Prove me wrong

Prove me wrong

12 April 2017

Ghee Bowman asks why students are afraid of the classics

So why is there no Shakespeare at this Fest? Why no sets, no makeup? Why no modern classics? Why nothing that was written before 2010? Why nothing over 80 minutes long, or with an interval? Do today’s students not produce any drama except for new works or devised works or works they saw at Edinburgh a few years ago? Are they so carried away with the themes of today’s world (gender, refugees, mental illness) that they can’t engage with anything older? Do they have no sense of history?

Or does the issue lurk within the processes of the festival itself? Maybe the selectors hate Shakespeare. Or there’s an unconscious bias. Towards writers and devisers.

Or maybe that’s what young people do for their GCSE Drama and their A level theatre studies, so it’s all they *can* do.

Or maybe not.

Actually, we all know that university drama includes a lot of older texts, modern classics, translations, musicals... all kinds of everything. That academics love them, and that students love them too.

In fact, previous festivals have been far more mixed. I remember a lovely version of Guys and Dolls that Exeter university, and a forgotten play by Goethe, with armour, swords and a flying crew of six. Not to mention Gilbert and Sullivan in Scarborough. And, more recently, Medea, Brecht’s Resistible Rise of Arturo Ui and Amadeus, with wigs, orchestra, the works.

Students can do this stuff, no question.

But what difference does it make? In my opinion, the benefits of doing this stuff are huge. Apart from the sheer fun of large casts, big sets and epic theatre, they offer a whole new set of skills for technicians, actors and directors. Getting to grips with iambic pentameter, for example. Exploring makeup for a Japanese Noh play. Sourcing a shedload of chairs for Ionesco. Building a real, proper, naturalistic set for Hedda Gabler. Singing songs by Rogers and Hammerstein or Sondheim. Getting to grips with something that really stretches your cast and crew.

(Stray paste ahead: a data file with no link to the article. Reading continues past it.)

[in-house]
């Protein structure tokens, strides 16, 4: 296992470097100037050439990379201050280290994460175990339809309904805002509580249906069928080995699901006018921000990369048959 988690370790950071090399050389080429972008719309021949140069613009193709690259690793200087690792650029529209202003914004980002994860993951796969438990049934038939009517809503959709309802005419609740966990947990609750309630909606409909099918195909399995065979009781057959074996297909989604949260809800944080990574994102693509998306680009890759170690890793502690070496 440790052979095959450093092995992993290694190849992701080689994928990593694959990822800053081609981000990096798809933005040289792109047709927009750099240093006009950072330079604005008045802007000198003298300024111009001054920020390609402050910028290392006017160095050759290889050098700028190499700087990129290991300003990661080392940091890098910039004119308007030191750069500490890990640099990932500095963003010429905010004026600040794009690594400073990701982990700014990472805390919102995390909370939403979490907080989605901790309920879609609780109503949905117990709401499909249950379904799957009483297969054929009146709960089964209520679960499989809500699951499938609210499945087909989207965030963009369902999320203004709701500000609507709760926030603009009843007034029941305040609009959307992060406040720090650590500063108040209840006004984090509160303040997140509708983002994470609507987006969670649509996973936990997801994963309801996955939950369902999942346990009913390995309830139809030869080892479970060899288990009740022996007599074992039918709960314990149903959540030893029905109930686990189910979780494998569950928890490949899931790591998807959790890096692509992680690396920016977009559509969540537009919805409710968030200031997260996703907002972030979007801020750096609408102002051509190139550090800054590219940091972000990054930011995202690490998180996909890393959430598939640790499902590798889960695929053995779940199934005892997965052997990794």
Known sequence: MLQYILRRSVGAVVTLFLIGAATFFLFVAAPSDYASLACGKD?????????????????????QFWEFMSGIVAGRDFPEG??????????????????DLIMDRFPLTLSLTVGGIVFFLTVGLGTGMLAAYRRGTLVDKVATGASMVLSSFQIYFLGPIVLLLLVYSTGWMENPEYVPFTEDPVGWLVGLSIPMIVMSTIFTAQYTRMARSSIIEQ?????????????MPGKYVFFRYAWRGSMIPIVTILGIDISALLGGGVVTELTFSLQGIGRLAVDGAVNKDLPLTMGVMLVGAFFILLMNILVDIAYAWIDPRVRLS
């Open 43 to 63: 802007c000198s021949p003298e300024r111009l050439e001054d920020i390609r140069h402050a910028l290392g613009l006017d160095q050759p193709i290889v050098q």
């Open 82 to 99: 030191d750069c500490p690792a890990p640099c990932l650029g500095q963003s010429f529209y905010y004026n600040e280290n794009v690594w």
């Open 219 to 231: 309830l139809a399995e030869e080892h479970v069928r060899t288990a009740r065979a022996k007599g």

And if you can’t try these things out at university, then where can you? Here you have the possibility of as many cast and crew members as you want: that doesn’t apply outside. You’ll get great support from academic and non-academic staff. And if your theatre is half as good as the Don Roy, you’ll be laughing.

And of course, that’s also what so much of the professional theatre is still like. Not just the West End, but regional theatre too. It’s like there are two parallel training pathways out there. You train at a drama school and you go on to do Shakespeare, Pinter and Lloyd-Webber, or you study at a university and your career is in Fringe, devising and wacky stuff. Like Chris Thorpe said at Tuesday’s discussion about Hidden ‘my mum would enjoy it – so maybe the NSDF is not the ideal audience for this show’. Two theatres, not alike in dignity.

So what would it take to encourage students to move away from the new to the old? Taking my cue from Sunday’s discussion on integrated casting, maybe we need a quota system. Each fest should include 5 or 6 devised shows, 2 or 3 pieces written by current students, 1 modern classic, one Shakespeare or equivalent, and one musical. With two slots reserved for really FAR OUT WACKY STUFF  you’ve never seen before (like Pixels).

Or maybe not.

I guess what I’m advocating here is a balanced diet. In an average week you eat fourteen meals, not including breakfast. Which is about the same number as shows at your average Fest.[1] So rather than inventing new recipes for all of them, how about one Sunday roast, one portion of populist fish ‘n’ chips, a couple of classic pasta recipes. And a sandwich - a good old cheese and pickle sandwich. After all, we’re not all vegetarians at the festival.

The Selectors tell us that they select simply on merit, that there are no quotas or unconscious bias, which rings true given that one of their number is a Professor of Shakespeareotics. Which tells you that the issue lies with the plays that are submitted. Simply not diverse enough.

Does that reflect what happens in your university? Tell me I’m wrong, please, current students.  Even better, prove me wrong next year.

I’ll leave the last word to somebody who really knows what they’re talking about when it comes to Shakespeare: festival selector Alexandra Spencer-Jones. She gives this advice to students wishing to bring Shakespeare to the NSDF: it’s a challenge, it won’t be easy. But try it. Don’t discard the text, but DO go for real originality, do something different with that text. Try something old next year.

[1] Thanks to Lily James for the metaphor 

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